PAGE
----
Bell v. VF Jeanswear LP et al

Filing 95

ORDER: IT IS ORDERED that Defendant shall produce to Plaintiff within 48 hours of entry of this Order the unredacted version of the February 26, 2014 e-mail from Fran Mellette to Allen Montgomery and Kaye McHone. (See attached Order for complete details). Signed by Judge John J Tuchi on 12/10/15. (JAMA)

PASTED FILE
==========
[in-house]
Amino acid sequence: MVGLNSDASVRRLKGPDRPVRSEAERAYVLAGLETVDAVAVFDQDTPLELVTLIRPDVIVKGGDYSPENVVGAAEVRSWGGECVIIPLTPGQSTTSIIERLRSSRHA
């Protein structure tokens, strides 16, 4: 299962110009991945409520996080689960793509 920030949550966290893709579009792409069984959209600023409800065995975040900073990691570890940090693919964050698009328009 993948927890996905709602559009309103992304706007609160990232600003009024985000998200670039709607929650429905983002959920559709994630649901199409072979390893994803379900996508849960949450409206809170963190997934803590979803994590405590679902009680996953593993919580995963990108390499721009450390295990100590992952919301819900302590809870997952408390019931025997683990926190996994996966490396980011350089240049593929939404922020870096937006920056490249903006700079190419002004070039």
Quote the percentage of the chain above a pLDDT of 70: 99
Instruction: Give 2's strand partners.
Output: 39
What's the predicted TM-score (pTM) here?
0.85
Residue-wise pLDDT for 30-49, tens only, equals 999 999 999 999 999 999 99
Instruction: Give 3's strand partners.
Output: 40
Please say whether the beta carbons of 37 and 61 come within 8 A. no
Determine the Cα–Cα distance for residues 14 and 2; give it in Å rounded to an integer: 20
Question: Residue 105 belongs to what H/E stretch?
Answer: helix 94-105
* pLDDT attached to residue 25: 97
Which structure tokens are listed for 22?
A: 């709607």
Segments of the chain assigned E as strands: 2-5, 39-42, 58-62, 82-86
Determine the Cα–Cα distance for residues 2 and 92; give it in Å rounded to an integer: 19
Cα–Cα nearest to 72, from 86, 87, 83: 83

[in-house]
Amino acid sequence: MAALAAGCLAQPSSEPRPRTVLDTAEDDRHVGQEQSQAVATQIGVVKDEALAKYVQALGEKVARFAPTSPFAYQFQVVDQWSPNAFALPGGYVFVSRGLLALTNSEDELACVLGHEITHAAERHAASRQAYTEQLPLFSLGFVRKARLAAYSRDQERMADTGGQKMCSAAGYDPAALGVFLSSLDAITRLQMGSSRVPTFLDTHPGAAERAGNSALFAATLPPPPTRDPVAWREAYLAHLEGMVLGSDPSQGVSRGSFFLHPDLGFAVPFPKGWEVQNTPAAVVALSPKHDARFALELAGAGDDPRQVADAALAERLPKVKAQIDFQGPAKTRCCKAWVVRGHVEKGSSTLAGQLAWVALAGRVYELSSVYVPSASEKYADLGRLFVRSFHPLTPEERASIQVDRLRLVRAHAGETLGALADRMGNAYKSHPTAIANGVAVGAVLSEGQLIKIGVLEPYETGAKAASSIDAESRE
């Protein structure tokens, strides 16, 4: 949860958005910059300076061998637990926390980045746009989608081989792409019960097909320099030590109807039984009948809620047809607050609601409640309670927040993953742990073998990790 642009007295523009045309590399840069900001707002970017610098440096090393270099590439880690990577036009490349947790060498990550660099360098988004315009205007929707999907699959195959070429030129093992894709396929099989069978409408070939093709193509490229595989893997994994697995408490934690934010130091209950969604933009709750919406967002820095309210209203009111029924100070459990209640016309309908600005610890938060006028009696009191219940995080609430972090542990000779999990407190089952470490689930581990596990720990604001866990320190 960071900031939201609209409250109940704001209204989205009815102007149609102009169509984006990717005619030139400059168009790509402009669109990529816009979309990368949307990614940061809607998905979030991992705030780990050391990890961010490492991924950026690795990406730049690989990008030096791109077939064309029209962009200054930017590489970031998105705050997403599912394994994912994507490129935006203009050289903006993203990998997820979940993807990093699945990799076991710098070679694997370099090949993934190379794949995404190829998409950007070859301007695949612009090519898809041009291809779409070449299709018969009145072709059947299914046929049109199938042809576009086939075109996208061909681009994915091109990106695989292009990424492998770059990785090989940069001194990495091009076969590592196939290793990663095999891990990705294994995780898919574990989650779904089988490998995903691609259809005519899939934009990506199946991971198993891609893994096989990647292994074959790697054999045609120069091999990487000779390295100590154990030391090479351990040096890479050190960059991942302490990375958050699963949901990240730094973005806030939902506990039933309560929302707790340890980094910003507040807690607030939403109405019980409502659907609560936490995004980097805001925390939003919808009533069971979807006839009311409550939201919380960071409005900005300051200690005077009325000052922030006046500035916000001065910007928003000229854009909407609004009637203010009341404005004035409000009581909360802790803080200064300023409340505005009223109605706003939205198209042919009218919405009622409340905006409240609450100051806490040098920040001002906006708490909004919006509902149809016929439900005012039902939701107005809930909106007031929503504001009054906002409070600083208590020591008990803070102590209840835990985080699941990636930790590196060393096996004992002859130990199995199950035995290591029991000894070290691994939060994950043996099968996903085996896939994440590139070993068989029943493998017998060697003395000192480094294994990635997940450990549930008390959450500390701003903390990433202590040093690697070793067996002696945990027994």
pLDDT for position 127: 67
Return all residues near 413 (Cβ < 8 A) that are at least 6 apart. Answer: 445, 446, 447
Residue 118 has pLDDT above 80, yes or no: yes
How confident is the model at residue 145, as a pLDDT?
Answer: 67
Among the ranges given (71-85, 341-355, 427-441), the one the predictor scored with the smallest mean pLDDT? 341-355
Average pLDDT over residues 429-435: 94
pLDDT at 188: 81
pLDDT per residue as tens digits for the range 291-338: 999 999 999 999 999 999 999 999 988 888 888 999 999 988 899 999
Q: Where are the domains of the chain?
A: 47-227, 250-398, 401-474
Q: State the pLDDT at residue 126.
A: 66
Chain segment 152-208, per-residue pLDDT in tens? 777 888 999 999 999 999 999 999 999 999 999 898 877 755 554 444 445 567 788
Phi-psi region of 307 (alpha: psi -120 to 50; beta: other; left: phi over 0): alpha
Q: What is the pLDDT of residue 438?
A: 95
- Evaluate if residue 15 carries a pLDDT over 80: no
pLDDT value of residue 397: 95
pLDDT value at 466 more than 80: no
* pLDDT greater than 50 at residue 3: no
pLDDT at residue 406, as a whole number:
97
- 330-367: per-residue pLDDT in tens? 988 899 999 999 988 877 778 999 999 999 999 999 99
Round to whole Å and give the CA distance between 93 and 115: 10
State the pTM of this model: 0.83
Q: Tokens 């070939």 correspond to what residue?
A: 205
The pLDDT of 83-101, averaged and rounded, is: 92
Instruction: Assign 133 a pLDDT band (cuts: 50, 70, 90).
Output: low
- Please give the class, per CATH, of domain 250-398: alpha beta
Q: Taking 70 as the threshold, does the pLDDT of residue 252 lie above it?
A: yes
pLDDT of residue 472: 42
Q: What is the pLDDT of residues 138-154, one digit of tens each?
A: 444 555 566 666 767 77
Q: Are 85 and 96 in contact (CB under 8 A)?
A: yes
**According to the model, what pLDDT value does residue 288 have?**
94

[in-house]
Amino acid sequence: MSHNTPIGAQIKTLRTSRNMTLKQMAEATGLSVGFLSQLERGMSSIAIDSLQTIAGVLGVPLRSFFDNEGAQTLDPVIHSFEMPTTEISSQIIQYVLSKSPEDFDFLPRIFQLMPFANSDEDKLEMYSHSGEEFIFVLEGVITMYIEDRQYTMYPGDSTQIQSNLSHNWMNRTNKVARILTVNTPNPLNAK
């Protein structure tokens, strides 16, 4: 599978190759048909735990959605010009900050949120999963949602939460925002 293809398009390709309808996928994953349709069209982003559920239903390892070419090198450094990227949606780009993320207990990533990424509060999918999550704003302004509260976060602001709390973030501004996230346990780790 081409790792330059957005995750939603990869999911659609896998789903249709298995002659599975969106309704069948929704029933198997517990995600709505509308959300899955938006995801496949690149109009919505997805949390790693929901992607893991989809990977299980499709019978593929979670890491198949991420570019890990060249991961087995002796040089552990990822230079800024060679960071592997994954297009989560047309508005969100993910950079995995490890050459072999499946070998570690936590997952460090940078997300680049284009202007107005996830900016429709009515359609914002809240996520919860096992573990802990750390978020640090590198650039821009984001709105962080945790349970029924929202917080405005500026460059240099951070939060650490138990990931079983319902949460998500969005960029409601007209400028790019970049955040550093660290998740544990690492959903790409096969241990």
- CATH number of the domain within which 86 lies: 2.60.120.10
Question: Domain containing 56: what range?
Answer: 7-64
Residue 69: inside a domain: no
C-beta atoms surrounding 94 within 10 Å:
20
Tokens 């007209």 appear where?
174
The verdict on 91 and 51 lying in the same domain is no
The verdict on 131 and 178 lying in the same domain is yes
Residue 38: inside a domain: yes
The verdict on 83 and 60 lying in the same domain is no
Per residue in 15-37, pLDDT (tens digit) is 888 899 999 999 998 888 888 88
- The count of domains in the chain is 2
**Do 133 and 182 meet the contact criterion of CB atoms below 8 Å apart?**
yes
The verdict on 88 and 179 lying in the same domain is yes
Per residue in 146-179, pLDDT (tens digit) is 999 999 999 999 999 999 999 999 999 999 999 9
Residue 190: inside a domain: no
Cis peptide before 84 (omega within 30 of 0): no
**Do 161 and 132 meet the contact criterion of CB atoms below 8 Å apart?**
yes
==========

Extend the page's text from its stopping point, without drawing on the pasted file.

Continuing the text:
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1 WO NOT FOR PUBLICATION 2 3 4 5 6 IN THE UNITED STATES DISTRICT COURT 7 FOR THE DISTRICT OF ARIZONA 8 9 Lori Bell, Plaintiff, 10 11 12 13 No. CV-14-01916-PHX-JJT ORDER v. VF Jeanswear LP, et al., Defendants. 14 At issue is the parties’ Joint Summary of Discovery Dispute (Doc. 90). On 15 December 2, 2015, the Court ordered Defendant VF Jeanswear LP to provide 16 “unredacted copies of all of the documents at issue for which Defendant claims attorney- 17 client privilege to the Court for in camera review.” (Doc. 91, Order.) On December 3, 18 2015, Defendant delivered to chambers three unredacted e-mail messages corresponding 19 with the redacted versions it had previously disclosed to Plaintiff. The Court has 20 reviewed the three unredacted messages and concludes that the redacted portions of two 21 of the messages—those dated January 27, 2014 (from Sam Tucker to Fran Mellette) and 22 January 15, 2014 (from Allen Montgomery to Ms. Mellette) contain privileged attorney- 23 client communications; in other words, it is clear from the substance of the 24 communications and surrounding circumstances that Messrs. Montgomery and Tucker 25 were communicating with Ms. Mellette in her capacity as an attorney for the purpose of 26 seeking legal advice in those two messages. The unredacted portions of those two 27 messages shall not be disclosed. 28 1 In the remaining message, dated February 26, 2014 from Ms. Mellette to 2 Mr. Montgomery and to Kaye McHone, the Court finds that Defendant has not met the 3 burden of demonstrating that the redacted portion of the e-mail was either a 4 communication for the purpose of delivering legal advice, a message attendant thereto, or 5 a communication that would reveal the thought processes of Ms. Mellette acting in the 6 capacity of an attorney for the purposes of constituting attorney work product. The Court 7 concludes that this last redacted communication is far more likely made in Ms. Mellette’s 8 capacity as Director of Human Resources. Defendant shall produce the unredacted 9 version of this message to Plaintiff within 48 hours of entry of this Order. 10 The Court further notes that, upon review, neither the privileged nor the 11 unprivileged communications it reviewed, even if they all were disclosed, would be likely 12 to have any effect, material or otherwise, on the outcome of this litigation. Nonetheless, it 13 understands that Plaintiff’s counsel, not knowing what is “behind the curtain,” seeks in 14 good faith to uncover information that might reasonably be helpful to their client’s cause, 15 and likewise, Defendant’s counsel seeks to uphold a privilege out of a concern that to do 16 otherwise might result in being deemed to have waived it in blanket fashion, with 17 unintended consequences. 18 Finally, during the pendency of the Court’s review of the materials at issue, 19 Plaintiff file its Response to the Court’s December 2, 2015 Order, in which Plaintiff 20 suggested that 24 “…documents at issue” be deemed to include all documents of any kind (memos, letters, emails, etc.) to or from HR VP Fran Mellette which would be responsive to Plaintiff’s various Requests for Production, including both those which were provided to Plaintiff in redacted form and those which were completely withheld under some unannounced claim of privilege and not described to Plaintiff. 25 (Doc. 92 at 1)(emphasis in original). To this suggestion, the Court responds first that its 26 December 2, 2015 Order was clear that Defendant would produce “unredacted copies of 27 all of the documents at issue for which Defendant claims attorney-client privilege to the 28 Court for in camera review.” (Doc. 91, Order.) In the Court’s view, all means all. It 21 22 23 -2- 1 assumes Defendant has complied with the Order and that there are no other undisclosed 2 documents in Defendant’s possession 1) that would be responsive to either Defendant’s 3 affirmative discovery obligations or to Plaintiff’s discovery requests and 2) for which 4 Defendant claims privilege. In short, there should not be anything else out there 5 belonging to this category that has not yet been submitted to the Court for its review. If 6 that is not the case, the parties shall advise the Court immediately. 7 That said, discovery in this matter closed on November 6, 2015. Dispositive 8 motions have been filed and responded to in this matter already. It is therefore unclear 9 why discovery issues are being raised, and potentially expanded, at this juncture, when 10 the Court advised the parties at the outset of this case that “it will strictly enforce the 11 deadlines set forth in this Rule 16 Scheduling Order.” (Doc. 35 at 1.) The purpose of the 12 Scheduling Order and deadlines set within it is to move the case forward toward 13 resolution, both for the sake of the parties, who need and deserve repose in the matter, 14 and for the Court, whose scarce resources cannot be interminably bound up in revisiting 15 discovery issues after discovery has ended. In short, if there were discovery issues 16 between the parties, the parties should have raised them while they were still in the 17 discovery phase, and the Court is not inclined to entertain further discovery disputes at 18 this late date. 19 IT IS ORDERED that Defendant shall produce to Plaintiff within 48 hours of 20 entry of this Order the unredacted version of the February 26, 2014 e-mail from Fran 21 Mellette to Allen Montgomery and Kaye McHone. 22 Dated this 10th day of December, 2015. 23 24 Honorable John J. Tuchi United States District Judge 25 26 27 28 -3-